Wanted to learn basic Op-Amp theory? Here you go!


"Digital Design is stupid.. any idiot can count to one!" - Bob Widlar

I have a deep passion and respect for analog electronics. In my opinion, you can make 100 different digital circuits that perform the exact same, but you can make 100 different analog circuits that perform the same task, but they each have their own unique qualities. In my mind, analog electronics is an art, not just a science. This is what I think helps fuel my desire to learn analog design. If you are also trying to learn analog design, you will quickly find out that one of the most common and useful building blocks is an op-amp (operational amplifier). There are a thousand different articles on the same topics, but I hope to put my personal twist into this, and also include some things I had to learn from trial and error.

The Op-Amp

Op Amp
The symbol for an op-amp is simply a triangle, with two inputs, and one output. There is a non-inverting input (+ Pin), and an inverting input (- Pin). There are a few rules when it comes to the op-amp, these help define how you can use them in your circuits.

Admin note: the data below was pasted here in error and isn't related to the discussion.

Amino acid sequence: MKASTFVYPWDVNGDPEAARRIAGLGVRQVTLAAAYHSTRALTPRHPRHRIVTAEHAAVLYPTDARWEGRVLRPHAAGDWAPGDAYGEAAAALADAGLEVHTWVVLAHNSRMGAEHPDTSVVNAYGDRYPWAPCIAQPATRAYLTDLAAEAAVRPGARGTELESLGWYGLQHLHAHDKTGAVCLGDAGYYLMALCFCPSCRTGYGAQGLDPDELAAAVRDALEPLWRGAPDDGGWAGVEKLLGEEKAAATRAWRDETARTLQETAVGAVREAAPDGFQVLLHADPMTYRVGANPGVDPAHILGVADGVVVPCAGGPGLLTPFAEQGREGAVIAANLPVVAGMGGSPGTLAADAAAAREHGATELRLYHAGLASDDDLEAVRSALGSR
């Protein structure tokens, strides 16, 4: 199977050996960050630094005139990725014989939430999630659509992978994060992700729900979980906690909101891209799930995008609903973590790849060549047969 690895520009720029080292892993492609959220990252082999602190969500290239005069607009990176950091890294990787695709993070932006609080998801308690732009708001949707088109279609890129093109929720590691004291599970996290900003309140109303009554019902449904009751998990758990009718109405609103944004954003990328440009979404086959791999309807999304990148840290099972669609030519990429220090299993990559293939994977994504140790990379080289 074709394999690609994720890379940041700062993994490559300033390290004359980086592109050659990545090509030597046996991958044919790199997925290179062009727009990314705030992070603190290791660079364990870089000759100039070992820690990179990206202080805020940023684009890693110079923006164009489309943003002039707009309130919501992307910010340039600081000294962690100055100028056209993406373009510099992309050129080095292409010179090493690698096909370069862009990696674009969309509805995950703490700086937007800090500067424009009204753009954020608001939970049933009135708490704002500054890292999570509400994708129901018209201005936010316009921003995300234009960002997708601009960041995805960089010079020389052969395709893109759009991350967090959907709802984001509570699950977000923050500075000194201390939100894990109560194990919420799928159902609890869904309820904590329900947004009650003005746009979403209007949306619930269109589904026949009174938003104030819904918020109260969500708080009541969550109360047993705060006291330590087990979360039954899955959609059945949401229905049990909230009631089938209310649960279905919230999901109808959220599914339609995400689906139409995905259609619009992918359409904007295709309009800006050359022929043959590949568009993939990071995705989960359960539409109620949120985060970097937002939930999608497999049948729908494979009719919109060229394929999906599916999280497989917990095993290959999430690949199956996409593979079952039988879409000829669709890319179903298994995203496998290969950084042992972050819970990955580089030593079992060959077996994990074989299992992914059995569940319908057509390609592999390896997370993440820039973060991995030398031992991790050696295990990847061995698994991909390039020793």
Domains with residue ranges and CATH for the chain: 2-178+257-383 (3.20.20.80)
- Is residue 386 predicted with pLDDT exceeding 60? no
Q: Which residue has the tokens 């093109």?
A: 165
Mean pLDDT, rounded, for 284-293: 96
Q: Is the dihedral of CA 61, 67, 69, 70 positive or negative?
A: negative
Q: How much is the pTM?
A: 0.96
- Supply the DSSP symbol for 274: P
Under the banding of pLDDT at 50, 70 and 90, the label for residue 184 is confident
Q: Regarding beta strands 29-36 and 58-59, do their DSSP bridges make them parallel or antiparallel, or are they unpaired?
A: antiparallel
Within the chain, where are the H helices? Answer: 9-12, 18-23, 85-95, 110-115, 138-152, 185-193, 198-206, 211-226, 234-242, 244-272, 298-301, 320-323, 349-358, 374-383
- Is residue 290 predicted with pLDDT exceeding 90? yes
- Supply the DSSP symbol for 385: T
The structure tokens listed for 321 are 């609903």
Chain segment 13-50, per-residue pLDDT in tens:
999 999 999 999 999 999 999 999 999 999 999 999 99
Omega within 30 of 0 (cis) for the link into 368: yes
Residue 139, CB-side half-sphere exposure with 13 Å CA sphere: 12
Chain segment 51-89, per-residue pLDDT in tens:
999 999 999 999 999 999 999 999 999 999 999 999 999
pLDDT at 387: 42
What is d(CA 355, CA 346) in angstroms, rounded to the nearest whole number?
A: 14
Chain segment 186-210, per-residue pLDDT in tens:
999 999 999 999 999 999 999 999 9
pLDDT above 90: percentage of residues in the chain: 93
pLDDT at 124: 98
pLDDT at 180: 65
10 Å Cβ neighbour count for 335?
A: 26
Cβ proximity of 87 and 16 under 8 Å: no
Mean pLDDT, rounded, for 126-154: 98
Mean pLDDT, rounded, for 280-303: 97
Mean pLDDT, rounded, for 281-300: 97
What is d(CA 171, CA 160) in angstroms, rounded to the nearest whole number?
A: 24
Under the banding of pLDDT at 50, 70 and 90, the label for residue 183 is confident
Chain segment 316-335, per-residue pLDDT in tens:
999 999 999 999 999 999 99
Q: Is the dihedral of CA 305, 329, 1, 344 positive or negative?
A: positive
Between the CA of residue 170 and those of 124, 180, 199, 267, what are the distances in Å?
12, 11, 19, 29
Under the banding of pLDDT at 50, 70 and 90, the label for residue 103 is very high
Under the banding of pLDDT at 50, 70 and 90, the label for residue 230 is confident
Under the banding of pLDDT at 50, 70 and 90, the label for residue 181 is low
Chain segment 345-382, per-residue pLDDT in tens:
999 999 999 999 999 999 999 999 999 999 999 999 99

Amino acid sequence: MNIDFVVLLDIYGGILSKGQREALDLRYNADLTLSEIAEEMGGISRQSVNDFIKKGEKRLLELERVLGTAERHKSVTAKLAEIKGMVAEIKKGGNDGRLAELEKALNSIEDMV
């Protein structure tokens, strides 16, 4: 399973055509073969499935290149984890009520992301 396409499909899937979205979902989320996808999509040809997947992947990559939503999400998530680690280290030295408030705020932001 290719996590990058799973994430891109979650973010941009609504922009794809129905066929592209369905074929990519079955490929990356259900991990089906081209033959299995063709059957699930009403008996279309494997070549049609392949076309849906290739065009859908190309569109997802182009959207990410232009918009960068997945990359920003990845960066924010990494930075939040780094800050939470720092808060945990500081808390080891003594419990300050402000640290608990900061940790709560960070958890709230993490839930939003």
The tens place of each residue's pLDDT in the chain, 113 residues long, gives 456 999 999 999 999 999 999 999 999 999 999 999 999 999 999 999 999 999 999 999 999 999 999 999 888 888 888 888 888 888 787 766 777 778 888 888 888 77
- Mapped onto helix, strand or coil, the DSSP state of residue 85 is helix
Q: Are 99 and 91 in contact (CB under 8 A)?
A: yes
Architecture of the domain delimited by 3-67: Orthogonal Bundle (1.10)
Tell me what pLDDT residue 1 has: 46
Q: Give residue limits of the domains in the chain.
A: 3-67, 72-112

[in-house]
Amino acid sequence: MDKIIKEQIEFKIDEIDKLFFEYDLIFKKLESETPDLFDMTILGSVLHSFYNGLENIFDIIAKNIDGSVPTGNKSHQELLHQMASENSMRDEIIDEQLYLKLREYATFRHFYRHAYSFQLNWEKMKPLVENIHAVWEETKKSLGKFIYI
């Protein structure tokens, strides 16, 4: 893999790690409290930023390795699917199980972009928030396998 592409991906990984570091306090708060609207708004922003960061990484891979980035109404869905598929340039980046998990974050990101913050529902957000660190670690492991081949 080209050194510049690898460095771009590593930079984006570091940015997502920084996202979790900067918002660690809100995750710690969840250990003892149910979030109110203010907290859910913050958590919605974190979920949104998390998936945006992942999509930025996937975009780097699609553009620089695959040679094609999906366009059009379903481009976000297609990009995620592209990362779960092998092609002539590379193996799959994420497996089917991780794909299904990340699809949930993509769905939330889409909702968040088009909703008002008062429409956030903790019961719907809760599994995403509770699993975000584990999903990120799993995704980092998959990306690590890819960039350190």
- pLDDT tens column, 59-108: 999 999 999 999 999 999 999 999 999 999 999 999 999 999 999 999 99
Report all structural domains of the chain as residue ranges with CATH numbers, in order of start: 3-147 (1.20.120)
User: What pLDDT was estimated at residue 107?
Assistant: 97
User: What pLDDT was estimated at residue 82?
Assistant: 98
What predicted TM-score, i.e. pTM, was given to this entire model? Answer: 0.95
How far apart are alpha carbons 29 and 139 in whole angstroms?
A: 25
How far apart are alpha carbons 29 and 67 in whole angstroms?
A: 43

1. The open loop gain of an op-amp is infinite
  2. No current shall flow through the inputs (infinite input impedence)
  3. In a negative feedback operation, the op amp will try to make the inputs match.

However, these rules are based on an ideal op-amp. The world is far from perfect (for example, Taylor Swift exists...), so your op-amp inputs WILL have a small current flow, the input impedances are not infinite (usually they are pretty high), and the inputs will never be exactly the same.

Inverting Operation Amplifier

One of the most common circuits you will see is the inverting op-amp. This circuit uses negative-feedback to create a voltage gain.
Inverting Op-Amp Circuit
The gain of this amplifier can be found with this simple formula; \(A_v=\frac{R_f}{R_i}\)

This is good and all... and if you test it in a simulator, you will see that it works great! Let's do some math to find out how it will act with DC voltages.
For this test, \(R_i=1k\) and \(R_f=2k\), our input voltage will be \(V_{in}=2.76v\). The voltage formula for an op-amp is; \(V_o=A_v(V_+-V_-)\).

First, let's find the voltage gain (\(A_v\));
Then, simply plug in the variables (we can assume that at startup, the op-amp's output will be 0v);
\(V_o=A_v(V_+-V_-)=(2)(()-())\) -- will continue writing this later... 9/21/23 - jkb --